“We have seen different options. Emergency power plant of 870MW costing us $2 billion. Thermal generation, the new ones, Kpong Asogli phase two, SEND power, Amandi all costing about $2.5 billion. Co-generation is being planned by VRA for 700MW and that would cost $1.5 billion. In power generation alone we are talking about $5 to $6 billion – where is the money?” He asked.
And then in his first State of the Nation Address to Parliament, after his inauguration as President, Nana Akufo-Addo speaking about the country’s energy sector said; “Mr Speaker, probably the most difficult problem, that has dogged this nation in the past five years, has been in the energy sector. This has caused havoc in small, medium and large enterprises. It has disrupted families and businesses and brought many organizations to their knees.
The most obvious manifestation of the energy problem has earned us notoriety in the world, with the entry into Wikipedia and other dictionaries of the word DUMSOR. It is a phenomenon that has blighted our lives, destroyed appliances and collapsed many companies. The attempts by the previous government to resolve the crisis have led to a gargantuan debt overhang in the sector.”
And then he says, “We have inherited a heavily indebted energy sector, with the net debt reaching $2.4 billion as at December 2016. I have to point out the alarming fact that $800 million of this debt is owed to local banks, which threatens their stability and that of the whole financial sector. Indeed, the huge indebtedness of the energy sector constitutes the single major hurdle to Ghanaians enjoying reliable and affordable electricity supply.”
He then sounded a warning; while acknowledging that there has been some improvement in the power supply since November last year, he pointed out that the challenges facing Ghana’s power sector are far from over.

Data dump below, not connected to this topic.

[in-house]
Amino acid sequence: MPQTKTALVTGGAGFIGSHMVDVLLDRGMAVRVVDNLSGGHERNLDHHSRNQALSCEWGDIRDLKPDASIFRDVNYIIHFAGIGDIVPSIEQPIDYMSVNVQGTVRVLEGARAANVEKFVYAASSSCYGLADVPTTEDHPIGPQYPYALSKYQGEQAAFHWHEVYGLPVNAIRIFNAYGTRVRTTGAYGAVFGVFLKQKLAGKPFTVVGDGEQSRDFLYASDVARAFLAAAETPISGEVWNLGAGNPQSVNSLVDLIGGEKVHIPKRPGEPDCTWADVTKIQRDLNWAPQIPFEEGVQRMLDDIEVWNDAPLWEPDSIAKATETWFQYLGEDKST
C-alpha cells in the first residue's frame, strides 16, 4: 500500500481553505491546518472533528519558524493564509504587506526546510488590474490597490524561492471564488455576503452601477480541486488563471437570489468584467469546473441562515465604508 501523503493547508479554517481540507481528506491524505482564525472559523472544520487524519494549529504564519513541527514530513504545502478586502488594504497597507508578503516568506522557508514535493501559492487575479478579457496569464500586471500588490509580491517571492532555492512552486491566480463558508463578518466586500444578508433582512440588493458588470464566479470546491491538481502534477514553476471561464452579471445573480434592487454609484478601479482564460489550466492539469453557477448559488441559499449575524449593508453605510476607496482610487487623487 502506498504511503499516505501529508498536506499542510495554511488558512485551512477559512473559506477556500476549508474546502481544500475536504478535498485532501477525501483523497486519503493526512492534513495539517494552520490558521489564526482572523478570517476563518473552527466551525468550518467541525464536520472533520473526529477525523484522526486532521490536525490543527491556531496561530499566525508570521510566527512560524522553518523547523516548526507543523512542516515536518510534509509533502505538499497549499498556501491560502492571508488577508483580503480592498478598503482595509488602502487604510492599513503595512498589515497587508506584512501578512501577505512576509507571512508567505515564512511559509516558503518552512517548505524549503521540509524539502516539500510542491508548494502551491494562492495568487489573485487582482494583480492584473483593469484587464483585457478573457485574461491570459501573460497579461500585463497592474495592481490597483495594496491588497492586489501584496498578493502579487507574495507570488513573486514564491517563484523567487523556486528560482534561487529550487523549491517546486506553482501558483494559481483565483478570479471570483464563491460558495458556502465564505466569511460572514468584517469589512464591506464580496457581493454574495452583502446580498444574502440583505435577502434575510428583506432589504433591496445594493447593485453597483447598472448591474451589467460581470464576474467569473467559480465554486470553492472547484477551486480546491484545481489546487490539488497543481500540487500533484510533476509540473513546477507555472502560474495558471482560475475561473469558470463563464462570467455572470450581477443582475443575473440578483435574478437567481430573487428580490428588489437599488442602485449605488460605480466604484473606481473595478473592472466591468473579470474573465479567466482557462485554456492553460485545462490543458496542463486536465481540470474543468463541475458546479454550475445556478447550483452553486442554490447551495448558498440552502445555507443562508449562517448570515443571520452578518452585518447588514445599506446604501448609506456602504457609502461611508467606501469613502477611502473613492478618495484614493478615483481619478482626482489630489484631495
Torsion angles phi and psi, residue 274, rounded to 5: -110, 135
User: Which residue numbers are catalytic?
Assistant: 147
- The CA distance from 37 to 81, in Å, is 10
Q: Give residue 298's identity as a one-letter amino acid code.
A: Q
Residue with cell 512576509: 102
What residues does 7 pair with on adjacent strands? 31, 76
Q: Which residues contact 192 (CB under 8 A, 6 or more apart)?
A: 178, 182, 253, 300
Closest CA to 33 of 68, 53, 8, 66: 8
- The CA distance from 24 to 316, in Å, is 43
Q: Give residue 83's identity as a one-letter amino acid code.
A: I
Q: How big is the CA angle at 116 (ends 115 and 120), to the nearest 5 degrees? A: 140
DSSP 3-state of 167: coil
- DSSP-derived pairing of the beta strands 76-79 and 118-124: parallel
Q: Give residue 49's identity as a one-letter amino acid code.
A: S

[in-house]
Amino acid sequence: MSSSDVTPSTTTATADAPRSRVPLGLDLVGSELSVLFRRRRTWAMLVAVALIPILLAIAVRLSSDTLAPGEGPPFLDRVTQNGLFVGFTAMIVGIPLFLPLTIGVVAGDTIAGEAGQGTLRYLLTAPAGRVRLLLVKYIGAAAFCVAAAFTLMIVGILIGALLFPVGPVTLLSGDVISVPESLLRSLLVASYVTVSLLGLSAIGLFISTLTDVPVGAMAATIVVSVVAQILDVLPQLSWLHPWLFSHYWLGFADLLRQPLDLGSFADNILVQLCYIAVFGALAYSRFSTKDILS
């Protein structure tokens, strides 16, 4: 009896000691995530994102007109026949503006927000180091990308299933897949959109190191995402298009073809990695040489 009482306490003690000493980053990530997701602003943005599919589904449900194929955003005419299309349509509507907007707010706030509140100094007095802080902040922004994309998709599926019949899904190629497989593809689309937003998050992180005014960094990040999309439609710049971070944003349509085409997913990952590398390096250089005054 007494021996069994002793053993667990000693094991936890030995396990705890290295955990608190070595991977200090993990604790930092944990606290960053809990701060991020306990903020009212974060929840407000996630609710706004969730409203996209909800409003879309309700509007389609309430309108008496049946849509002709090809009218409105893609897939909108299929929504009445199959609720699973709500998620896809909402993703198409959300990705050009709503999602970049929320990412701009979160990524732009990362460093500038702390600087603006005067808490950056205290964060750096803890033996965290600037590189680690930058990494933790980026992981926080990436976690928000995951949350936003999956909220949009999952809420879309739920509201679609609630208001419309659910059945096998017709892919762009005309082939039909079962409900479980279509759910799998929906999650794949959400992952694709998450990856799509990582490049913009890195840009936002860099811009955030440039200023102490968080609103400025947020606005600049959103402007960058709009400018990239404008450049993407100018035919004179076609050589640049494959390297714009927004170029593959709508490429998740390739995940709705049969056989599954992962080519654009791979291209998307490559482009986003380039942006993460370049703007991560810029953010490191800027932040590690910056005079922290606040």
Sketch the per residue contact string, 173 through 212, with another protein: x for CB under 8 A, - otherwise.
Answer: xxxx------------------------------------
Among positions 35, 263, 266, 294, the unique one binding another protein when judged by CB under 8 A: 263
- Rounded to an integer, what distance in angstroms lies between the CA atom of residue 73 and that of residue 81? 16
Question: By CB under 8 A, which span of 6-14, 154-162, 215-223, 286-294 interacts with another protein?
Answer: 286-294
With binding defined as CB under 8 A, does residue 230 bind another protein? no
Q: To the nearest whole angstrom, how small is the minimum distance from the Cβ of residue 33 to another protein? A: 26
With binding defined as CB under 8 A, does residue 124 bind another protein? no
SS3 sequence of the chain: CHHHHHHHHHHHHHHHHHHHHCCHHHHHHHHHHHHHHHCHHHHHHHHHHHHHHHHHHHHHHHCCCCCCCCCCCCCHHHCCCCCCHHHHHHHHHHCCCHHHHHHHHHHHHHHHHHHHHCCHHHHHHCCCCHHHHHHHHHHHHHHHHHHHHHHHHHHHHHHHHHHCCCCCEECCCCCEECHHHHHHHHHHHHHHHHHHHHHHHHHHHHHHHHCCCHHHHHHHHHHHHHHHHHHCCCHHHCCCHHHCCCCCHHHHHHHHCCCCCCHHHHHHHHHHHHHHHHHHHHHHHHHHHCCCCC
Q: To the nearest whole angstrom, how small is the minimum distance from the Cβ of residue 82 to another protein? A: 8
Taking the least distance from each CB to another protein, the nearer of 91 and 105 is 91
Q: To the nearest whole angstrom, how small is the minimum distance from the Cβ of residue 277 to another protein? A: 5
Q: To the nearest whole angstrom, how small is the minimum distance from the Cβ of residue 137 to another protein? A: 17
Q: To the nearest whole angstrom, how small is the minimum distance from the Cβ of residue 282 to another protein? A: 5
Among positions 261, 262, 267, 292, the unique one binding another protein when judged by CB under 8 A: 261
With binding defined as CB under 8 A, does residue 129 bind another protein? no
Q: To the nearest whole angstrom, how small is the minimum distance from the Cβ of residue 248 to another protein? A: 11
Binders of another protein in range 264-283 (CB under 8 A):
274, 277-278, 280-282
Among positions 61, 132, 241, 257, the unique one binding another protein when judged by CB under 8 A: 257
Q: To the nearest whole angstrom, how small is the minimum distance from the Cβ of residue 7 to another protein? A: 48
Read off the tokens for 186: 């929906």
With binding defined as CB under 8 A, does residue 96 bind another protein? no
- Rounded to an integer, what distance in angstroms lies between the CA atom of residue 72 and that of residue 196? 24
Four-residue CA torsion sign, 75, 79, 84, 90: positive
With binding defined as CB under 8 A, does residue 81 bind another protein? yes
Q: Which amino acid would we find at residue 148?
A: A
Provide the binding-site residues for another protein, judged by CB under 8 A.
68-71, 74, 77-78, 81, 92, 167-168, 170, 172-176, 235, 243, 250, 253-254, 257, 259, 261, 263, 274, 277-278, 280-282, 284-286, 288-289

“The key problem is cost. We produce power from Akosombo at three US cents per kilowatt hour. The marginal price charged for businesses is an effective 42 cents, more than ten times the average tariff in West Africa.
This makes it very difficult to start or run a business here and be competitive. The cost of energy destroys businesses large and small. It is the bane of the vulcanizer, the tailor, the dressmaker and the hairdresser, the carpenter and the wayside fitting mechanic. It destroys jobs. It compounds poverty. The current state of the energy situation in our country is unsatisfactory.”
The President then proposed the following: “I am proposing a number of policy interventions. We will improve on transparency in tariff setting, and introduce a new tariff policy that will reclassify consumer categories in order to protect lifeline and strategic industrial consumers. We will also reduce significantly some of the levies and taxes on the tariffs.
As at the end of 2016, the Electricity Company of Ghana (ECG) had signed 43 Power Purchase Agreements (PPA), whilst a further 23 were under discussion. Government is conducting a review of all the Power Agreements entered into by the previous governmentin order to prioritise, renegotiate, defer or cancel outright, if necessary, in the national interest.
Overall, we have begun to develop a national electricity masterplan, which will also explore the benefits of listing VRA and GRIDCO on the Stock Exchange,” he said.
There are sound energy economics principles that could be applied to resolve the country’s energy crisis. Some of these have been applied elsewhere with excellent results.
But when that is done transparently, it won’t be susceptible to manipulations to satisfy individual greed for money. It is therefore convenient for a government to practice the dark art of energy economics that circumvents all rational and globally acceptable corporate governance practices and pretend to be solving a far-reaching problem, in so far as its operatives and cronies make some money at the expense of the suffering of the people.
By Emmanuel K. Dogbevi